John Lipsky, deputy managing director of the International Monetary Fund, says the Federal Reserve’s aggressive policy to spark the economy and credit markets isn’t enough by itself to get the economy going.
The Fed on Tuesday cut the federal funds rate to a range of zero to 0.25 percent and announced ways it will expand its balance sheet to unfreeze credit markets.
“Those were very aggressive, innovative steps,” Lipsky told Bloomberg TV.
“The message is clear: they will do whatever it takes to make sure there is adequate liquidity to provide a basis for credit growth.”
But, the economy already is in a recession that seems to be deepening. “The news is likely to be bad for the next few quarters,” Lipsky says.
“So the Fed’s steps are helpful, but not enough by themselves to turn the economy and credit markets around.”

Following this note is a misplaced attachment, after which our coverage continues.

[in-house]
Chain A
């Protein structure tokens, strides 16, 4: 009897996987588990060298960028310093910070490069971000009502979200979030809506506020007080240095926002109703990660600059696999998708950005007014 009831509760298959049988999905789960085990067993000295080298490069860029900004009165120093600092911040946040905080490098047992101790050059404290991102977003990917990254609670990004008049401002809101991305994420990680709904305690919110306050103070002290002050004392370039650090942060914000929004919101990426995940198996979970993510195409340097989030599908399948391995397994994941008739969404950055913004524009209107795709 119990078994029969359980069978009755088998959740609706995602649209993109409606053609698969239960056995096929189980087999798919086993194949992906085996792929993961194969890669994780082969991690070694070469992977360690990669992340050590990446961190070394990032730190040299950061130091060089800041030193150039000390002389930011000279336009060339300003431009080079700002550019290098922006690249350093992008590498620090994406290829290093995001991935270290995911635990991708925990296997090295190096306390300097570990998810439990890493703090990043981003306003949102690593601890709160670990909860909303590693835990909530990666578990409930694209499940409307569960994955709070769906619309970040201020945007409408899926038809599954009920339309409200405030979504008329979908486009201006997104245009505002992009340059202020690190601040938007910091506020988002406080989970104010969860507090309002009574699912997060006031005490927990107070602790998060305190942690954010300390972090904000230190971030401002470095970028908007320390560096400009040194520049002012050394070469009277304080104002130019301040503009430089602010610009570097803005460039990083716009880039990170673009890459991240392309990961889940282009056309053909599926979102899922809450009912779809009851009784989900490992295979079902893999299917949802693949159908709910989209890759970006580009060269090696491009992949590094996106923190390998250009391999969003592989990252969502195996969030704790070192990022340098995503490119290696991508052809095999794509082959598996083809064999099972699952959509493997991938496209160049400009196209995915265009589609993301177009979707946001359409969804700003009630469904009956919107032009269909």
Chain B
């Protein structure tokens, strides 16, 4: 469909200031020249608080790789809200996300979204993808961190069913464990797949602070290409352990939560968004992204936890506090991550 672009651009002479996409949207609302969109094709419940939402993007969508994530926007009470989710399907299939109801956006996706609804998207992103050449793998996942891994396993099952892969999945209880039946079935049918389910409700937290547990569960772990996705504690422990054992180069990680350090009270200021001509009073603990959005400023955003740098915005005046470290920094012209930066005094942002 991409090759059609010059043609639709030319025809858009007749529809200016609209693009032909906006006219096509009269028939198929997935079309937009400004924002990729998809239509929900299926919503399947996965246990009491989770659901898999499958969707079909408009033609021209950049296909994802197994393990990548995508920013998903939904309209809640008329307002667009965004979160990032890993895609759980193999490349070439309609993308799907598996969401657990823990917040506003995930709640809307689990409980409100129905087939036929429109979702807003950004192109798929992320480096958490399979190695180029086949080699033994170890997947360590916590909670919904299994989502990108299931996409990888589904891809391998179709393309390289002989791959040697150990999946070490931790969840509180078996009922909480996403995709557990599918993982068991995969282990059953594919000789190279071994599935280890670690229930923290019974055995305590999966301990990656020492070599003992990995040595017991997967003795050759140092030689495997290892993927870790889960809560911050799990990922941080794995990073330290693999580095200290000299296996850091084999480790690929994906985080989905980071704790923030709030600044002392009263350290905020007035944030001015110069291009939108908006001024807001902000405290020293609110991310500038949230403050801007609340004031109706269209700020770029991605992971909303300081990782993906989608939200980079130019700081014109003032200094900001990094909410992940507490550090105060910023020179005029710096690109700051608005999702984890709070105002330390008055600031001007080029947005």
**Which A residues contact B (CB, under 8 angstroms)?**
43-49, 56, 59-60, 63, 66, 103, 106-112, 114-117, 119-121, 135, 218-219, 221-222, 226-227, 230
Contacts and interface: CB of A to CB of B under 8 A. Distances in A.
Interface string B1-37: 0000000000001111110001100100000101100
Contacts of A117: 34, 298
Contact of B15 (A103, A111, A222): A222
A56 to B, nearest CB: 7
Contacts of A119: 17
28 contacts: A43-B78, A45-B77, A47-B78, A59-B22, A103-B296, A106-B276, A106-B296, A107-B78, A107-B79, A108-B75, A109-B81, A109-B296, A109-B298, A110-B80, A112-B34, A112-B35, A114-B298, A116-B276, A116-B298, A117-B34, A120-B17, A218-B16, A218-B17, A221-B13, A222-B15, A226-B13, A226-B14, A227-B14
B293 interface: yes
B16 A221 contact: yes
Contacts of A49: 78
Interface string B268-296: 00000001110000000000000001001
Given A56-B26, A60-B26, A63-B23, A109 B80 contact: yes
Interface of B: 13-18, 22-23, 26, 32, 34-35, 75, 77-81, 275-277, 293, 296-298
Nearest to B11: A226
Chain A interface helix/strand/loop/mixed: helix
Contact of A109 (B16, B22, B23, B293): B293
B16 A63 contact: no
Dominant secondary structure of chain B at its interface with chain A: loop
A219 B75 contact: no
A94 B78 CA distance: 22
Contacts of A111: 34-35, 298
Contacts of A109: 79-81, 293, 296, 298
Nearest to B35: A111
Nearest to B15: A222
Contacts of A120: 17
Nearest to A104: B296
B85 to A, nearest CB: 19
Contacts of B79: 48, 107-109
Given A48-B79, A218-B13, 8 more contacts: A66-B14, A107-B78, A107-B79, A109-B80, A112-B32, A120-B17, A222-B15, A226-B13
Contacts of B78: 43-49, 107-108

Lipsky says three developments are necessary to create recovery. “First, we need liquidity provision, and that’s what the Fed is doing,” he says.
“Second, we need capitalization, and that’s what the federal government has started.”
Finally, he says, “We need to cleanse bad assets off balance sheets. So far the efforts there haven’t been comprehensive, but partial. We need all three for a real healing of the financial system.”
Former Fed Vice Chairman Alan Blinder agrees with Lipsky. “The Fed gets an A to A-minus for effort and not very good marks for results,” he told The Wall Street Journal.
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